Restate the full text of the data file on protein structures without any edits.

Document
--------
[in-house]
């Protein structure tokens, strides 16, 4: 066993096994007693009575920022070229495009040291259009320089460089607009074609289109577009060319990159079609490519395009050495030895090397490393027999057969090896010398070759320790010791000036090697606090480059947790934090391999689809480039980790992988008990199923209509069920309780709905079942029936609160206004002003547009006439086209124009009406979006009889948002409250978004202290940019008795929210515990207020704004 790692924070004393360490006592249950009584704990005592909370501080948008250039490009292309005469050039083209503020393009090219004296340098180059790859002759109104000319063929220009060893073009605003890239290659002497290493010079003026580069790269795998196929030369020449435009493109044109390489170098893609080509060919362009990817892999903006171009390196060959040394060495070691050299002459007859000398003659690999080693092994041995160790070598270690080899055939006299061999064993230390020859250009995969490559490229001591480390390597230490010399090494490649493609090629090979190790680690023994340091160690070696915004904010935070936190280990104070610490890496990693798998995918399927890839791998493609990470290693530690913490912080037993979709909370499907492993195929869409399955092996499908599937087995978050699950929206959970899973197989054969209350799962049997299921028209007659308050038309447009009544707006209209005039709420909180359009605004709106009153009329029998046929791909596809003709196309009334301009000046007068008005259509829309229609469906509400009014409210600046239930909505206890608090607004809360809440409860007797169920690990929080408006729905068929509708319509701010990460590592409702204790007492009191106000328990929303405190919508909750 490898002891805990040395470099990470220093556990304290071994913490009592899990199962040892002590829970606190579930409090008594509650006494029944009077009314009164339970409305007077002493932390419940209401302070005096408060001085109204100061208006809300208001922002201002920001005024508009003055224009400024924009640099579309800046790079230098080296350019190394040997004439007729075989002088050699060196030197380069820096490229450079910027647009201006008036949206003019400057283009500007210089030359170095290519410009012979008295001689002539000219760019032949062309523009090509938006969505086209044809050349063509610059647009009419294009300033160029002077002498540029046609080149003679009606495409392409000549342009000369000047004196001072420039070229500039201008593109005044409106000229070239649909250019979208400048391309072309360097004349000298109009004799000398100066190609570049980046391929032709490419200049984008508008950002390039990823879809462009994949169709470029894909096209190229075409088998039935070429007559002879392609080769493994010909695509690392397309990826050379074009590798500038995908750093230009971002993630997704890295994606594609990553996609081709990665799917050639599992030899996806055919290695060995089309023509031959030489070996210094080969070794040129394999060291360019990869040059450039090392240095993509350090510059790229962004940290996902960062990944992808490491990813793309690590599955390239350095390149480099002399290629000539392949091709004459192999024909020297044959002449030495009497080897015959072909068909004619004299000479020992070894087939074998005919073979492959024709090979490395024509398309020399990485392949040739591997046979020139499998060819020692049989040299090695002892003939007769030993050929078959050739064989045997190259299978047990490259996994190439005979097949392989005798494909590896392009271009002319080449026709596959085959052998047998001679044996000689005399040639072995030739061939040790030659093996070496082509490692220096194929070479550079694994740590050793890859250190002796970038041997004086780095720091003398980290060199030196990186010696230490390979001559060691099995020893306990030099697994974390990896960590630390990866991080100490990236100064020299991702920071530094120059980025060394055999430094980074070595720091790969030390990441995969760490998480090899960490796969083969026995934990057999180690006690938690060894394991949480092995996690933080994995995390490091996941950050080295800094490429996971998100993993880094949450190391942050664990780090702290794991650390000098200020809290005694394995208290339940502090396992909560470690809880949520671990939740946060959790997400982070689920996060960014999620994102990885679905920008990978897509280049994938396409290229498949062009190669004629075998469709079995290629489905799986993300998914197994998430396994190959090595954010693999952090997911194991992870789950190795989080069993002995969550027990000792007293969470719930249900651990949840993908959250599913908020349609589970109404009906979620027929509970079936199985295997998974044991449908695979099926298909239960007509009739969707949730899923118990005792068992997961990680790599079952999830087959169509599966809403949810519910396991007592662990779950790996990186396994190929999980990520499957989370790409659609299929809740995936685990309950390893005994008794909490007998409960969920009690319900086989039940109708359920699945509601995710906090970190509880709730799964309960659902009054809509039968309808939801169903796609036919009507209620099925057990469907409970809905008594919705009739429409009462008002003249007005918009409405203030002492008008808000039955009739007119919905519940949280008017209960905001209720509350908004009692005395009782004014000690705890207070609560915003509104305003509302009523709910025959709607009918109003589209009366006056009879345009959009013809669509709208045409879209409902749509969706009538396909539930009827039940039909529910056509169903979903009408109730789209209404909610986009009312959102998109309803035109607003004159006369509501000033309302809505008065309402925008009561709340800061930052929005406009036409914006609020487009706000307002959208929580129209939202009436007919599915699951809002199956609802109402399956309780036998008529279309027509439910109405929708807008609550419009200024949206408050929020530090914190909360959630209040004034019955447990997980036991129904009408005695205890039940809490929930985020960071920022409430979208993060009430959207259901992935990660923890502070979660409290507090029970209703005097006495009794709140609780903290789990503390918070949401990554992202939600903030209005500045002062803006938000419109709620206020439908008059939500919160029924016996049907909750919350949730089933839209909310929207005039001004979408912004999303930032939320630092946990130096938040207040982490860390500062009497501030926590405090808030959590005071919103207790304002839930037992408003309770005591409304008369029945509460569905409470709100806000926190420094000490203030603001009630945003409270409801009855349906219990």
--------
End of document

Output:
[in-house]
């Protein structure tokens, strides 16, 4: 066993096994007693009575920022070229495009040291259009320089460089607009074609289109577009060319990159079609490519395009050495030895090397490393027999057969090896010398070759320790010791000036090697606090480059947790934090391999689809480039980790992988008990199923209509069920309780709905079942029936609160206004002003547009006439086209124009009406979006009889948002409250978004202290940019008795929210515990207020704004 790692924070004393360490006592249950009584704990005592909370501080948008250039490009292309005469050039083209503020393009090219004296340098180059790859002759109104000319063929220009060893073009605003890239290659002497290493010079003026580069790269795998196929030369020449435009493109044109390489170098893609080509060919362009990817892999903006171009390196060959040394060495070691050299002459007859000398003659690999080693092994041995160790070598270690080899055939006299061999064993230390020859250009995969490559490229001591480390390597230490010399090494490649493609090629090979190790680690023994340091160690070696915004904010935070936190280990104070610490890496990693798998995918399927890839791998493609990470290693530690913490912080037993979709909370499907492993195929869409399955092996499908599937087995978050699950929206959970899973197989054969209350799962049997299921028209007659308050038309447009009544707006209209005039709420909180359009605004709106009153009329029998046929791909596809003709196309009334301009000046007068008005259509829309229609469906509400009014409210600046239930909505206890608090607004809360809440409860007797169920690990929080408006729905068929509708319509701010990460590592409702204790007492009191106000328990929303405190919508909750 490898002891805990040395470099990470220093556990304290071994913490009592899990199962040892002590829970606190579930409090008594509650006494029944009077009314009164339970409305007077002493932390419940209401302070005096408060001085109204100061208006809300208001922002201002920001005024508009003055224009400024924009640099579309800046790079230098080296350019190394040997004439007729075989002088050699060196030197380069820096490229450079910027647009201006008036949206003019400057283009500007210089030359170095290519410009012979008295001689002539000219760019032949062309523009090509938006969505086209044809050349063509610059647009009419294009300033160029002077002498540029046609080149003679009606495409392409000549342009000369000047004196001072420039070229500039201008593109005044409106000229070239649909250019979208400048391309072309360097004349000298109009004799000398100066190609570049980046391929032709490419200049984008508008950002390039990823879809462009994949169709470029894909096209190229075409088998039935070429007559002879392609080769493994010909695509690392397309990826050379074009590798500038995908750093230009971002993630997704890295994606594609990553996609081709990665799917050639599992030899996806055919290695060995089309023509031959030489070996210094080969070794040129394999060291360019990869040059450039090392240095993509350090510059790229962004940290996902960062990944992808490491990813793309690590599955390239350095390149480099002399290629000539392949091709004459192999024909020297044959002449030495009497080897015959072909068909004619004299000479020992070894087939074998005919073979492959024709090979490395024509398309020399990485392949040739591997046979020139499998060819020692049989040299090695002892003939007769030993050929078959050739064989045997190259299978047990490259996994190439005979097949392989005798494909590896392009271009002319080449026709596959085959052998047998001679044996000689005399040639072995030739061939040790030659093996070496082509490692220096194929070479550079694994740590050793890859250190002796970038041997004086780095720091003398980290060199030196990186010696230490390979001559060691099995020893306990030099697994974390990896960590630390990866991080100490990236100064020299991702920071530094120059980025060394055999430094980074070595720091790969030390990441995969760490998480090899960490796969083969026995934990057999180690006690938690060894394991949480092995996690933080994995995390490091996941950050080295800094490429996971998100993993880094949450190391942050664990780090702290794991650390000098200020809290005694394995208290339940502090396992909560470690809880949520671990939740946060959790997400982070689920996060960014999620994102990885679905920008990978897509280049994938396409290229498949062009190669004629075998469709079995290629489905799986993300998914197994998430396994190959090595954010693999952090997911194991992870789950190795989080069993002995969550027990000792007293969470719930249900651990949840993908959250599913908020349609589970109404009906979620027929509970079936199985295997998974044991449908695979099926298909239960007509009739969707949730899923118990005792068992997961990680790599079952999830087959169509599966809403949810519910396991007592662990779950790996990186396994190929999980990520499957989370790409659609299929809740995936685990309950390893005994008794909490007998409960969920009690319900086989039940109708359920699945509601995710906090970190509880709730799964309960659902009054809509039968309808939801169903796609036919009507209620099925057990469907409970809905008594919705009739429409009462008002003249007005918009409405203030002492008008808000039955009739007119919905519940949280008017209960905001209720509350908004009692005395009782004014000690705890207070609560915003509104305003509302009523709910025959709607009918109003589209009366006056009879345009959009013809669509709208045409879209409902749509969706009538396909539930009827039940039909529910056509169903979903009408109730789209209404909610986009009312959102998109309803035109607003004159006369509501000033309302809505008065309402925008009561709340800061930052929005406009036409914006609020487009706000307002959208929580129209939202009436007919599915699951809002199956609802109402399956309780036998008529279309027509439910109405929708807008609550419009200024949206408050929020530090914190909360959630209040004034019955447990997980036991129904009408005695205890039940809490929930985020960071920022409430979208993060009430959207259901992935990660923890502070979660409290507090029970209703005097006495009794709140609780903290789990503390918070949401990554992202939600903030209005500045002062803006938000419109709620206020439908008059939500919160029924016996049907909750919350949730089933839209909310929207005039001004979408912004999303930032939320630092946990130096938040207040982490860390500062009497501030926590405090808030959590005071919103207790304002839930037992408003309770005591409304008369029945509460569905409470709100806000926190420094000490203030603001009630945003409270409801009855349906219990």